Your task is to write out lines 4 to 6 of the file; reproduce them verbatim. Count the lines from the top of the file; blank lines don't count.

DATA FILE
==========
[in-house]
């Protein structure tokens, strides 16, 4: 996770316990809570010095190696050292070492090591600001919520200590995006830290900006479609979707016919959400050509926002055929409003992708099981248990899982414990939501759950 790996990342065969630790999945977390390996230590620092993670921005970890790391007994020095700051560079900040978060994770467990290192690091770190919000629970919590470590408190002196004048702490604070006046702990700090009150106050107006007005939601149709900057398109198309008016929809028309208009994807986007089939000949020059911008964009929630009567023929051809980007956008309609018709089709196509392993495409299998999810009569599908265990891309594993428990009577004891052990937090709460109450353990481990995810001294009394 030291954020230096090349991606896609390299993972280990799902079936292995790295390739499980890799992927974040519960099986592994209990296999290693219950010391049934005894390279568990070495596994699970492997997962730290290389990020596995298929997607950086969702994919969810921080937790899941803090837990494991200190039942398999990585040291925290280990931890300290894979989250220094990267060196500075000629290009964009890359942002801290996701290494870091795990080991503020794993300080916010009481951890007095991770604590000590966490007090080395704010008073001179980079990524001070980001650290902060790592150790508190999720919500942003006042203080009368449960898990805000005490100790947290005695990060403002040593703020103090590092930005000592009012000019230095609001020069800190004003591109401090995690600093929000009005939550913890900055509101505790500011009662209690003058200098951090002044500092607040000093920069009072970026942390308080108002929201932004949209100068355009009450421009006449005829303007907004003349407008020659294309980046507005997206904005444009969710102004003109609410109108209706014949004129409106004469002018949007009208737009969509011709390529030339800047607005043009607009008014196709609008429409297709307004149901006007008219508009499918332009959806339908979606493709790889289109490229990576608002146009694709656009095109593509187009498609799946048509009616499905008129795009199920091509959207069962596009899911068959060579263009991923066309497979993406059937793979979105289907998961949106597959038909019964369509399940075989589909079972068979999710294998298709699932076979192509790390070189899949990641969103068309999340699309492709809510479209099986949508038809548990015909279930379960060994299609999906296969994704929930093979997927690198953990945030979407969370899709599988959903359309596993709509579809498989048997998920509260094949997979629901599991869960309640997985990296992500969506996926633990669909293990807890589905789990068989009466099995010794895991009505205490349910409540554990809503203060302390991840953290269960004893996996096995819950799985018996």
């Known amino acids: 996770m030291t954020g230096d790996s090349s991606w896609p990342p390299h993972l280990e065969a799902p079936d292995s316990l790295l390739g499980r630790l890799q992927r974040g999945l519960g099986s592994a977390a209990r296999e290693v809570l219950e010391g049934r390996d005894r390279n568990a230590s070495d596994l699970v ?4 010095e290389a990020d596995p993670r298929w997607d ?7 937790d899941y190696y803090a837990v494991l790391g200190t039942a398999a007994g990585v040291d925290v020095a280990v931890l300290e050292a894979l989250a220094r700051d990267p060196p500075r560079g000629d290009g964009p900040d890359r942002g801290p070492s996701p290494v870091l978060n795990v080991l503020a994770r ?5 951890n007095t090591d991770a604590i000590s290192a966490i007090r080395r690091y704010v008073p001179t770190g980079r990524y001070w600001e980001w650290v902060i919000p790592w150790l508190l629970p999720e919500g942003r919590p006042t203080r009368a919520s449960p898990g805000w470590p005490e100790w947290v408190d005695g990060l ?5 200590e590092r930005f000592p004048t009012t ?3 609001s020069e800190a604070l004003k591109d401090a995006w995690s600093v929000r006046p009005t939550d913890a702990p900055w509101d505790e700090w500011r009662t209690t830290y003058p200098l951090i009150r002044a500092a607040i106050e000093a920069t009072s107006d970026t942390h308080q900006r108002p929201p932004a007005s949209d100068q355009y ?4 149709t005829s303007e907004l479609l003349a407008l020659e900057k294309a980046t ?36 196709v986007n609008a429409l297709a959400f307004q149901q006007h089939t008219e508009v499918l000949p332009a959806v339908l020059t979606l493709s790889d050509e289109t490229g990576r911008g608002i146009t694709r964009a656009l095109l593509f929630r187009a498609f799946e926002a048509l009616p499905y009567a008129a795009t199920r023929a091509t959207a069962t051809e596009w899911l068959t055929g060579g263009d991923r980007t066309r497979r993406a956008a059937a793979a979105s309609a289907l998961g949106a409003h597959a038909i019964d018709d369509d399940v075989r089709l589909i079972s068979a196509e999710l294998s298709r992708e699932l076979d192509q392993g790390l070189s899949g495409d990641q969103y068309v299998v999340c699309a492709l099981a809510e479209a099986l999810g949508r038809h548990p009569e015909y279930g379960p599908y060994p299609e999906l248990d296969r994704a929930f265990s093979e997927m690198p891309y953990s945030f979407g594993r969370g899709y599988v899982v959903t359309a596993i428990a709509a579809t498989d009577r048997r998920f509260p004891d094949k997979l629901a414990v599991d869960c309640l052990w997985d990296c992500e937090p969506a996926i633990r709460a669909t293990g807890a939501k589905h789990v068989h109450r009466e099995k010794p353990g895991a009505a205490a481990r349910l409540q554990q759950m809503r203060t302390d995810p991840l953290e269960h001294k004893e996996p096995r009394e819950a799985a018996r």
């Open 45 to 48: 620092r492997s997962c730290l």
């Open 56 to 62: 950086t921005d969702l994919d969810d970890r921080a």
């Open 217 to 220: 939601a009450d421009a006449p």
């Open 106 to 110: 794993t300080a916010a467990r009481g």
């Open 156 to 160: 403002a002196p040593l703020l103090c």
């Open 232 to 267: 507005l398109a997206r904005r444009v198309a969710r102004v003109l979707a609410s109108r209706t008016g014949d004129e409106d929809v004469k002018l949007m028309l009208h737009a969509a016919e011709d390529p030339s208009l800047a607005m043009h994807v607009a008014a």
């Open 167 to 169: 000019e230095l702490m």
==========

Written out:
């Open 45 to 48: 620092r492997s997962c730290l």
């Open 56 to 62: 950086t921005d969702l994919d969810d970890r921080a």
């Open 217 to 220: 939601a009450d421009a006449p």